Associations between ambient temperature and daily hospital admissions for rheumatic heart disease in Shanghai, China
Rheumatic heart disease (RHD) remains a serious public health burden in developing countries. We conducted a time-series study to explore the association between ambient temperature and daily hospital admissions for RHD in Shanghai, China. We collected data on daily hospital admissions for RHD from 2013 to 2015 from the database of Shanghai Health Insurance System. We applied the generalized additive models together with the distributed lag nonlinear model to estimate the association between temperature and RHD hospital admissions after controlling for relative humidity, time trend, day of the week, and holidays. Stratification analyses by age and gender were performed to evaluate their potential effect modification. A total of 4178 cases of RHD hospitalizations were identified over the study period. There were almost linear, positive, and significant associations between daily mean temperature and RHD hospital admissions with higher risks at hotter days. Compared to reference temperature (0 °C), the cumulative risks of moderate heat (the 90th percentile of temperature, 28.0 °C) and extreme heat (the 99th percentile of temperature, 33.5 °C) over lags 0–5 days were 2.55 (95% confidence interval 1.14, 5.73) and 3.22 (95% confidence interval 1.36, 7.61), respectively. These associations were significantly stronger in older people than in younger people. This study indicated larger risks of RHD hospital admissions associated with higher temperature, especially in older people. Our findings provided first-hand epidemiological evidence regarding the effects of ambient temperature on RHD incidence.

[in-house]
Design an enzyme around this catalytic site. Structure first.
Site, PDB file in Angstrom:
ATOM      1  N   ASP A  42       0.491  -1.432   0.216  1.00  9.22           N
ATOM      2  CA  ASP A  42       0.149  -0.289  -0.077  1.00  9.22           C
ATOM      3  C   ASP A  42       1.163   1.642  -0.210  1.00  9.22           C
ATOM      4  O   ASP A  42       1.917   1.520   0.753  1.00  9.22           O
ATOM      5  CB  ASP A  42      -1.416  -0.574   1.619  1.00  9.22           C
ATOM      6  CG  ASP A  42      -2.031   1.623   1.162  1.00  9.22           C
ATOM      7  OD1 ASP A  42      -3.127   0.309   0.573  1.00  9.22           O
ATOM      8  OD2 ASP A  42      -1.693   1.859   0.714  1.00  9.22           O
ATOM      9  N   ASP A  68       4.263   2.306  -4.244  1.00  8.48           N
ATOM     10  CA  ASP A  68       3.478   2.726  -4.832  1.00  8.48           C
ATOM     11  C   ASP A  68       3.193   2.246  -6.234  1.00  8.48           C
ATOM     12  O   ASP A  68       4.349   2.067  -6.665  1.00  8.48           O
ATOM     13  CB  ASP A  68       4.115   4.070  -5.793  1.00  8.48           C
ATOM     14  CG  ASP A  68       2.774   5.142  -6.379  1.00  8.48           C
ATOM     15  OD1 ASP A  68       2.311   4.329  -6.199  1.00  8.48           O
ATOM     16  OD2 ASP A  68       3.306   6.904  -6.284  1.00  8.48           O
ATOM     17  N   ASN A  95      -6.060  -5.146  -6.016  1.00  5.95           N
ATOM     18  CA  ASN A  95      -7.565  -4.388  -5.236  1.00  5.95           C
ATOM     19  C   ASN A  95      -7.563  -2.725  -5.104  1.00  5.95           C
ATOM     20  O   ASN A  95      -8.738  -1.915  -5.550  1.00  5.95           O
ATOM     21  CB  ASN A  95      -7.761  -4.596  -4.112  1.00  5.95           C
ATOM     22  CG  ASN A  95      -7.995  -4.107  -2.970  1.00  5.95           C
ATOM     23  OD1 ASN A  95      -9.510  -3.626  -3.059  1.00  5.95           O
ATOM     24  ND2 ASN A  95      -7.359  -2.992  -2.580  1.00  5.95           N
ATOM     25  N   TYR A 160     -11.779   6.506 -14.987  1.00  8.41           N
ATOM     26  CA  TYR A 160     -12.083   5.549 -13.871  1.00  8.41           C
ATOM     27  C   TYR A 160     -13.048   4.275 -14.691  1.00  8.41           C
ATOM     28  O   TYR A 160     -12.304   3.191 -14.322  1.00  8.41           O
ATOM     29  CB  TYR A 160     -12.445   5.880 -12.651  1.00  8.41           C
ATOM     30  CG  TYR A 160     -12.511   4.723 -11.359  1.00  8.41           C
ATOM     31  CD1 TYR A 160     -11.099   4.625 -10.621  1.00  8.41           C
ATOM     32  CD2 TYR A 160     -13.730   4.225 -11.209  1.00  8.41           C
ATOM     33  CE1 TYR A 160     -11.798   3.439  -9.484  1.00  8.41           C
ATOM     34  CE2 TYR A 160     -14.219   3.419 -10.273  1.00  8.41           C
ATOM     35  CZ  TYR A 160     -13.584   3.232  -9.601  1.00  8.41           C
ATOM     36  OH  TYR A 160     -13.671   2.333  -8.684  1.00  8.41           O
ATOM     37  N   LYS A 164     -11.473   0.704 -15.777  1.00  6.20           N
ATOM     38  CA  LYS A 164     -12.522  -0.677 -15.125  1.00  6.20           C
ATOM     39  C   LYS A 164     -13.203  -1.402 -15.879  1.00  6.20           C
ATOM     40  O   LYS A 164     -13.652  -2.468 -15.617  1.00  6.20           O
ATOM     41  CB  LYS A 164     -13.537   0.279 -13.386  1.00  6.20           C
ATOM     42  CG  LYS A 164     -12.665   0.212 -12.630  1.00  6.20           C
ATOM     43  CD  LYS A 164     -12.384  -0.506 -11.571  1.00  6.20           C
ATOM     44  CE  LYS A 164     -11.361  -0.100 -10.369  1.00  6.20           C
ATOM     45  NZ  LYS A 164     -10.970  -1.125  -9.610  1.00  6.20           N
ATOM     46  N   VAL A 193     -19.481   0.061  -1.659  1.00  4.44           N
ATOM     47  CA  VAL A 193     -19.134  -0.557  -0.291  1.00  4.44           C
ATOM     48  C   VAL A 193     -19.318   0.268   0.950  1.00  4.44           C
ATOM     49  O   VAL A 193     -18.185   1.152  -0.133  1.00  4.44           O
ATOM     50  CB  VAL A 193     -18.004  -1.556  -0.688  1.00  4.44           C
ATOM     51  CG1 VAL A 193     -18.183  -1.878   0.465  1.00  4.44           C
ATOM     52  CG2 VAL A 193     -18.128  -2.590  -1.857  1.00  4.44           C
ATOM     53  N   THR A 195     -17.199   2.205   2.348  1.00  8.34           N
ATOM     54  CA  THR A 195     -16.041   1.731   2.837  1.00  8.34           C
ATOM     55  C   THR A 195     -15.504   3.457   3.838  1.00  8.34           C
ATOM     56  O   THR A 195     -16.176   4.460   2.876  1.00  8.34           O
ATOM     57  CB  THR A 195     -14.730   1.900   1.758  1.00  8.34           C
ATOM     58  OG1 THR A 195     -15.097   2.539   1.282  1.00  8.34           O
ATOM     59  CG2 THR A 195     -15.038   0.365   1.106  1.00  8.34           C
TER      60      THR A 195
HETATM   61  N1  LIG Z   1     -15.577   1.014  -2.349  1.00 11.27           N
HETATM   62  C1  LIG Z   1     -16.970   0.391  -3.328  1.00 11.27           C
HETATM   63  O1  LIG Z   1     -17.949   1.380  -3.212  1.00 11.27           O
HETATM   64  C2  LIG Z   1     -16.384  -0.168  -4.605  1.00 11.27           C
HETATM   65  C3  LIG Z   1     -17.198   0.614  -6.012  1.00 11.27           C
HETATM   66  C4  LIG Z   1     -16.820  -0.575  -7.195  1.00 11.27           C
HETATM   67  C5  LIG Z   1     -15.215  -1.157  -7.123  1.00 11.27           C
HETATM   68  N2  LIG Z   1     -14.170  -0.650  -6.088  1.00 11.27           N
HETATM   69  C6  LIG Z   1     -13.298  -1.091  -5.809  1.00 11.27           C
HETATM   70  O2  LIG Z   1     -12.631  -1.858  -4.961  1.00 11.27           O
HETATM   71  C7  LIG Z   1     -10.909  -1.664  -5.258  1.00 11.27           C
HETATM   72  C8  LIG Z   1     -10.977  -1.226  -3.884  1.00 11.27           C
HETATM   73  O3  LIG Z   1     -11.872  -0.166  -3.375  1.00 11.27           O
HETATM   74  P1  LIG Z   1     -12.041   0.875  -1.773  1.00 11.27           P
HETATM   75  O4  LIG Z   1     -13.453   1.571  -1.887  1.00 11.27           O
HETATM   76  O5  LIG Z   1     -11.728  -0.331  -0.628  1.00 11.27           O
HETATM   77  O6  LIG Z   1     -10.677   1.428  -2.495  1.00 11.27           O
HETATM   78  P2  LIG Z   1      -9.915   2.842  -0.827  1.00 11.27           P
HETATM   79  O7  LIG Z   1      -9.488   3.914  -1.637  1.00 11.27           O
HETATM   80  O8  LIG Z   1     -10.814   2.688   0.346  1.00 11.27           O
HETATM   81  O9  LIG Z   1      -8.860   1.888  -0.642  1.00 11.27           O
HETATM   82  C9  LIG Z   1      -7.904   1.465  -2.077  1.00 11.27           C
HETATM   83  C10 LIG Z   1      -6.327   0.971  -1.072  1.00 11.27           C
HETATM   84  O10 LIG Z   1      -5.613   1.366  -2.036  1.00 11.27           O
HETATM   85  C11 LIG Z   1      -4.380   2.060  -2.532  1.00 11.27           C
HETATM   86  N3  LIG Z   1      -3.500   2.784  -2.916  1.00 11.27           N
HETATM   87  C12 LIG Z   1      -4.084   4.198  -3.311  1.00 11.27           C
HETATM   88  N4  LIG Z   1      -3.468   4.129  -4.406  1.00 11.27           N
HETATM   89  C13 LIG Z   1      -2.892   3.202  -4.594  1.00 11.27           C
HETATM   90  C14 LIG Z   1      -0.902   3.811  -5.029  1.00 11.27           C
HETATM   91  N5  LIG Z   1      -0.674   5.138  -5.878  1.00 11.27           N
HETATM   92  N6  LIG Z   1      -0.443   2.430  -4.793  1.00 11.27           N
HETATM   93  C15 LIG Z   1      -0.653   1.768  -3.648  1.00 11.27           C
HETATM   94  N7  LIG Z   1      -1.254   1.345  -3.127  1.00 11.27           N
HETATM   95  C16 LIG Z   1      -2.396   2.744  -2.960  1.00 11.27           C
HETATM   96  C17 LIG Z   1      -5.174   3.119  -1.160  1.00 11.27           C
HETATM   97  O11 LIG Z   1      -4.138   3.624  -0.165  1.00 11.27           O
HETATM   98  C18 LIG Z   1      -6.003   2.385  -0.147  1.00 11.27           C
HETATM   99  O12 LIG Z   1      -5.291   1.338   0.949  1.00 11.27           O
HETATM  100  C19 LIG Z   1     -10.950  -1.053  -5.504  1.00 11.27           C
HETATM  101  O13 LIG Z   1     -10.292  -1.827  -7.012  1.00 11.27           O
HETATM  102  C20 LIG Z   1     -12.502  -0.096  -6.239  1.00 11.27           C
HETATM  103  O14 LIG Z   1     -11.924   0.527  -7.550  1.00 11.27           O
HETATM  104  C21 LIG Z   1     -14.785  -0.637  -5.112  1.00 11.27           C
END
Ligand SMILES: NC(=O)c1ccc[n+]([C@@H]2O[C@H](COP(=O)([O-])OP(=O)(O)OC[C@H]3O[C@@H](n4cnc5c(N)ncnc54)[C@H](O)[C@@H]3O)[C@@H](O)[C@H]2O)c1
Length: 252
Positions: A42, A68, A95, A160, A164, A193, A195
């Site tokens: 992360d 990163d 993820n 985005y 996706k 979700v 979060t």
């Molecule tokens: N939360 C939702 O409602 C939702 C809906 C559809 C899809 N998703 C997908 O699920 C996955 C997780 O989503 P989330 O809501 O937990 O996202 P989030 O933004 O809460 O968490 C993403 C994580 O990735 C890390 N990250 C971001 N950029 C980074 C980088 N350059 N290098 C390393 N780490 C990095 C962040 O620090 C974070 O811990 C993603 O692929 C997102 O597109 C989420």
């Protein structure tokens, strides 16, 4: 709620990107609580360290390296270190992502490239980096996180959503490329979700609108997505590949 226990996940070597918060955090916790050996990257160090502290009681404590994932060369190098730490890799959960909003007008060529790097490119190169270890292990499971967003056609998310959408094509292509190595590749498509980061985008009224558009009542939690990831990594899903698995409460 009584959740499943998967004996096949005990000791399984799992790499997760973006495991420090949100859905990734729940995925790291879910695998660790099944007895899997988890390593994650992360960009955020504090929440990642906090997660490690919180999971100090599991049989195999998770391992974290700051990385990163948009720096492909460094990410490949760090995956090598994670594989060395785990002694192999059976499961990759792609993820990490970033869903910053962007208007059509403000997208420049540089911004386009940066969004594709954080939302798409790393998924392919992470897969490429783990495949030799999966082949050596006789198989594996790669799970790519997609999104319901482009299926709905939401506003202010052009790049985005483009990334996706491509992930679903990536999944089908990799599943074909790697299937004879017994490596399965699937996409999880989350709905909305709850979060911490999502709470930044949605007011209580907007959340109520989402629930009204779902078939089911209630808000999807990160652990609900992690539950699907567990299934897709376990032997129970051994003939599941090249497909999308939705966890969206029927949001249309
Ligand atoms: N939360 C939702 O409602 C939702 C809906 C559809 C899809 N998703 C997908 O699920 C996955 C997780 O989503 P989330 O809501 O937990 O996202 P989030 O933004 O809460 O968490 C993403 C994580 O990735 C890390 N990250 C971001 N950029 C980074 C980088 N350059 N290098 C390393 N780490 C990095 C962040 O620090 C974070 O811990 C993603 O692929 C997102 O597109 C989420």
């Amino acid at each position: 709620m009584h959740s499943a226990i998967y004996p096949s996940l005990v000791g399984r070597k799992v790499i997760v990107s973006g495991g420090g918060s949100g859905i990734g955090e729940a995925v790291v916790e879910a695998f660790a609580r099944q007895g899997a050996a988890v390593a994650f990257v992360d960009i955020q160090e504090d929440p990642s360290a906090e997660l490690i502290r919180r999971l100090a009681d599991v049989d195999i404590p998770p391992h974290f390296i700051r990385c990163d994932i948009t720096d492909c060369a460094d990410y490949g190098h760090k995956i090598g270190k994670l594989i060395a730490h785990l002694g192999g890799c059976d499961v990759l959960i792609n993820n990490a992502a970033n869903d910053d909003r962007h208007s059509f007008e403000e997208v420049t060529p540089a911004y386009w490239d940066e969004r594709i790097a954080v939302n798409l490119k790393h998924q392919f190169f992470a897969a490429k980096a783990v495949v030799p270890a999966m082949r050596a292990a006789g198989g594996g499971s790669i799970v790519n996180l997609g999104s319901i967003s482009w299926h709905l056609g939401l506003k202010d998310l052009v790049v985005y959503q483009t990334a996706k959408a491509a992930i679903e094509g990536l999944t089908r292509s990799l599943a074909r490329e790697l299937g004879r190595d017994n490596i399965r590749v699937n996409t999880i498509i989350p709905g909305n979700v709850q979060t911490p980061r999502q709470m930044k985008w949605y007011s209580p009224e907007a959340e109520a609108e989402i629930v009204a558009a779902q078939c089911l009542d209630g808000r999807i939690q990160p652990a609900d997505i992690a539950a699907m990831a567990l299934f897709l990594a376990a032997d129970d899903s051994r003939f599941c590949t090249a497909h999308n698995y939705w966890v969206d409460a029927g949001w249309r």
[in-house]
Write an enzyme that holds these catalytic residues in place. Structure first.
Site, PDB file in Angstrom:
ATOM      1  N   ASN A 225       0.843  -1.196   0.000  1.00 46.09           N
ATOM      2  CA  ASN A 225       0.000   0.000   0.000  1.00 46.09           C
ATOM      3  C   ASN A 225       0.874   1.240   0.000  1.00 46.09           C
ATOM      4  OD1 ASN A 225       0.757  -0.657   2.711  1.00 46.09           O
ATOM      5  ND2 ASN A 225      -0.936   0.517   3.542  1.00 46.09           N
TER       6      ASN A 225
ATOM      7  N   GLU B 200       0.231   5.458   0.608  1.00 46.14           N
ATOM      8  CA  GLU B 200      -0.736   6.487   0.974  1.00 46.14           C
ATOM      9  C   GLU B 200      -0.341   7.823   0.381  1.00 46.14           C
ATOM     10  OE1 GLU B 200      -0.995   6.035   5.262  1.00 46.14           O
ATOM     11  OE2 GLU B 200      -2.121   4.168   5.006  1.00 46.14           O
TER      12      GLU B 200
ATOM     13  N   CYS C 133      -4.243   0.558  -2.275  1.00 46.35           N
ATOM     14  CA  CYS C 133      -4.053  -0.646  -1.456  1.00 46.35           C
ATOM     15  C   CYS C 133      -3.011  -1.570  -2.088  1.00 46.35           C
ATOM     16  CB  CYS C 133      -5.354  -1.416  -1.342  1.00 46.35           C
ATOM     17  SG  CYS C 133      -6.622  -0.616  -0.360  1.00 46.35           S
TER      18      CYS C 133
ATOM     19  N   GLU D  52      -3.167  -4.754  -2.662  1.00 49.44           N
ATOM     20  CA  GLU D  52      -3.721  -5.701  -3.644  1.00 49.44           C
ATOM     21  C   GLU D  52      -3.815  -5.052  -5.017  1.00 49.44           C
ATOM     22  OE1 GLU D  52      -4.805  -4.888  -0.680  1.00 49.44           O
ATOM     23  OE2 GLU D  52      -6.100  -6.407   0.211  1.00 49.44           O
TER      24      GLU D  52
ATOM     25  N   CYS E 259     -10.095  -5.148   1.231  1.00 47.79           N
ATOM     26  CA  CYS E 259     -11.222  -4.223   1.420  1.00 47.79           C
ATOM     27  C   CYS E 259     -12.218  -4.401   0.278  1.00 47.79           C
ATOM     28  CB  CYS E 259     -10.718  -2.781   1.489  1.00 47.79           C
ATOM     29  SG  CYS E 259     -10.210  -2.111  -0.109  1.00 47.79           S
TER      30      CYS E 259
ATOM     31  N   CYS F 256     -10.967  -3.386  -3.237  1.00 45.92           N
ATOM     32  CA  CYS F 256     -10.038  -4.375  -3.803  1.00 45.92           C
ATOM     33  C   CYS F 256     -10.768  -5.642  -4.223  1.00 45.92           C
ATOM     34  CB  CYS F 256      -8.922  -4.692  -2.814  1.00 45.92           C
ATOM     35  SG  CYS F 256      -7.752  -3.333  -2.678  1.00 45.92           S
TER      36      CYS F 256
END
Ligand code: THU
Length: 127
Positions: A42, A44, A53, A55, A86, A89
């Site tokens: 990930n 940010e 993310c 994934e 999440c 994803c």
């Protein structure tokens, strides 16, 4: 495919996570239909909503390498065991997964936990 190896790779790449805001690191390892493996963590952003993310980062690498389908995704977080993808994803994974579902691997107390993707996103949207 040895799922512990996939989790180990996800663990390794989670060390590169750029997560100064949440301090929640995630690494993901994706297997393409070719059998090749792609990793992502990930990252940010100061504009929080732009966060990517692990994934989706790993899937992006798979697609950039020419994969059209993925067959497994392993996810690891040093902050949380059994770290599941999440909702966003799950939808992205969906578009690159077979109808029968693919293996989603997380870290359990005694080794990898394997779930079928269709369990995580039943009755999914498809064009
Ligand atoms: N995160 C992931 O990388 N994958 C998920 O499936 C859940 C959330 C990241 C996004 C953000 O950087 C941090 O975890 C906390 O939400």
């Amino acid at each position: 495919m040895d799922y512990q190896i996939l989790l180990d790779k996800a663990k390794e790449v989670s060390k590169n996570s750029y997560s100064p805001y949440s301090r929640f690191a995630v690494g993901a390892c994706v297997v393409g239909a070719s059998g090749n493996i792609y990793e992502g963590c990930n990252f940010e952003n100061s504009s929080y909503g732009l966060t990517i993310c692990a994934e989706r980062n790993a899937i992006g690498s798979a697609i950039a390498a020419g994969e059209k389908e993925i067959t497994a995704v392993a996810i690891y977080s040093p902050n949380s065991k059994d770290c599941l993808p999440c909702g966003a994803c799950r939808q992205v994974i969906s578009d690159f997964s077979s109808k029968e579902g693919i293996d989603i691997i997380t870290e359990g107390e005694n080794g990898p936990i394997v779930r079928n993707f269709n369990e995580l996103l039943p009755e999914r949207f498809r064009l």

KeywordsRheumatic heart disease Temperature Hospital admission Time-series study
The study was supported by the fourth round of 3-Year Public Health Action Plan of Shanghai (15GWZK0202 and GWTD2015S04).
Compliance with ethical standards
The Institutional Review Board at the School of Public Health, Fudan University (Shanghai, China), approved the study protocol (No. 2014-07-0523) with a waiver of informed consent.
Conflict of interest
The authors declare that they have no conflict of interest.
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